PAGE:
Like a neon sign designed to attract customers, flowers emit electrical signals which help draw bees on the hunt for nectar.
While factors such as bright colors, patterns and tempting fragrances play a role in helping bees with their nectar-gathering duties, a study in Science Express reveals electrical signals from the blooms also help bees find and distinguish their targeted flowers.
Researchers from Bristol University’s School of Biological Sciences found that patterns of electrical signals emitted by flowers communicate information to the little pollinators.
Plants commonly emit weak and negatively-charged electric fields. As they fly through the air, bees pick up positive electrical charges. Usually when a negative electrical signal meets a positive one, sparks can fly, but in the case of the bee and the bloom, nothing is exchanged except helpful information.
“The co-evolution between flowers and bees has a long and beneficial history,” said Daniel Robert, the study’s lead author. “So perhaps it’s not entirely surprising that we are still discovering today how remarkably sophisticated their communication is.”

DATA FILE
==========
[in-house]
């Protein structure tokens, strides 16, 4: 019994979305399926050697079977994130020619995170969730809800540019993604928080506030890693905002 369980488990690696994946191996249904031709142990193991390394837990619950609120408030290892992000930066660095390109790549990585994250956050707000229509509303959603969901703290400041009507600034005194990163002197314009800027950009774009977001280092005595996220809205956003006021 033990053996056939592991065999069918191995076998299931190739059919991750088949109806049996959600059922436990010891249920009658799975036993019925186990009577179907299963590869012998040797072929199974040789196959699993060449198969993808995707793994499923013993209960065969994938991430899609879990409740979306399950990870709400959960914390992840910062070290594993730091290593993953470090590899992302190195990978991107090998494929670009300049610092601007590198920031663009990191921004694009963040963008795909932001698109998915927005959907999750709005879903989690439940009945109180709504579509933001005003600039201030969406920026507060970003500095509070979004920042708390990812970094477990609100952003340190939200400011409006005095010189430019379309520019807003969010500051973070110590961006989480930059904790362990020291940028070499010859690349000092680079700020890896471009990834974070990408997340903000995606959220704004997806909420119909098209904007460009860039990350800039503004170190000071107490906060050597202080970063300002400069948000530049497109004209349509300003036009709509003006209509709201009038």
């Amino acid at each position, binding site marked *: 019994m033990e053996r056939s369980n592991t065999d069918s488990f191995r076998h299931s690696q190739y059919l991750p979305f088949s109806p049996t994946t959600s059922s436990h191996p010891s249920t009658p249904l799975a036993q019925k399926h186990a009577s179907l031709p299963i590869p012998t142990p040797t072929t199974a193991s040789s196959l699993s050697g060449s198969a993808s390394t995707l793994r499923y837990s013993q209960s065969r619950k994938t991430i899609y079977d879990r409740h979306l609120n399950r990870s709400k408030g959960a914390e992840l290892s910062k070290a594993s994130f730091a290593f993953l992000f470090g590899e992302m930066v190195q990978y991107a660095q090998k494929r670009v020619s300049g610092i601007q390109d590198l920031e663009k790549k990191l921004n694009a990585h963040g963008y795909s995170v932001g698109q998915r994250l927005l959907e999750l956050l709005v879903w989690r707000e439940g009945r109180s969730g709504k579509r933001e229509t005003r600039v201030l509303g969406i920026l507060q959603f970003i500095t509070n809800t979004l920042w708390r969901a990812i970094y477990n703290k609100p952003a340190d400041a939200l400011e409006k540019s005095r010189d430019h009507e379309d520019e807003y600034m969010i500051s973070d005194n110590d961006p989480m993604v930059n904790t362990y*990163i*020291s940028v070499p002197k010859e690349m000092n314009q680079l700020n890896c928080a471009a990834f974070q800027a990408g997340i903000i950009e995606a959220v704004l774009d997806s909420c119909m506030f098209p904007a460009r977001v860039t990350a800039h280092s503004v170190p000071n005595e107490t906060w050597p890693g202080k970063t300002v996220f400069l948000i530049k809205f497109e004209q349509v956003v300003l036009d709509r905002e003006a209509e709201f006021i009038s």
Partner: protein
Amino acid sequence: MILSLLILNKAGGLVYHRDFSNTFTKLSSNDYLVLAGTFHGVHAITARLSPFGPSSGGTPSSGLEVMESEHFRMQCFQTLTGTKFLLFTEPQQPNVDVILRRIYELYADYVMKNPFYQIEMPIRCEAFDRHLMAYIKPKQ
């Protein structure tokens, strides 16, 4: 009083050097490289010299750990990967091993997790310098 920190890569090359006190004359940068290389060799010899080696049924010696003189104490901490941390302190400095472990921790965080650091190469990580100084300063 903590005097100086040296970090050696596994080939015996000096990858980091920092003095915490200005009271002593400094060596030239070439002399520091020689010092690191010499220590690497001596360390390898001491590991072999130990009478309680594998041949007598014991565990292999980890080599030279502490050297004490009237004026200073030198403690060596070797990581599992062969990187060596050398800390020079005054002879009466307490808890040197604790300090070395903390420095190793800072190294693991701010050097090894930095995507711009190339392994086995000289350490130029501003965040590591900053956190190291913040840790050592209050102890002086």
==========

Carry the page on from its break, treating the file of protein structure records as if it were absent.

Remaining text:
Another study on bees, from the University of Cambridge, suggests the contrast between flowers and their background is more important to bees than the colored vein patterns on pale flowers.
While flowers with patterns of varied color are more attractive to bees and provide them with guidance as to where to find nectar, researchers found little evidence to suggest bees specifically prefer the striped flowers.
The study revealed that solid red flowers reflect very little light and aren’t as interesting for the bees.
When compared with red blooms, researchers found flowers with an ivory background seemed to have the greatest effect on the bees. They think that’s because the ivory color contrasted better with the background than the red flowers.
The study also points out that bees were able to tell the difference between solid ivory and veined flowers, but had no preference between the two. But, the researchers did find that both the solid ivory and veined flowers were much more popular with bees than the solid red flowers.
“Venation patterns (the distribution or arrangement of a system of veins on a flower) might be prevalent in nature because they can be useful nectar guides, particularly when they also increase flower visibility. But it appears that the color contrast of a flower with its background has a greater influence on bee preference,” the research team concluded in a released statement.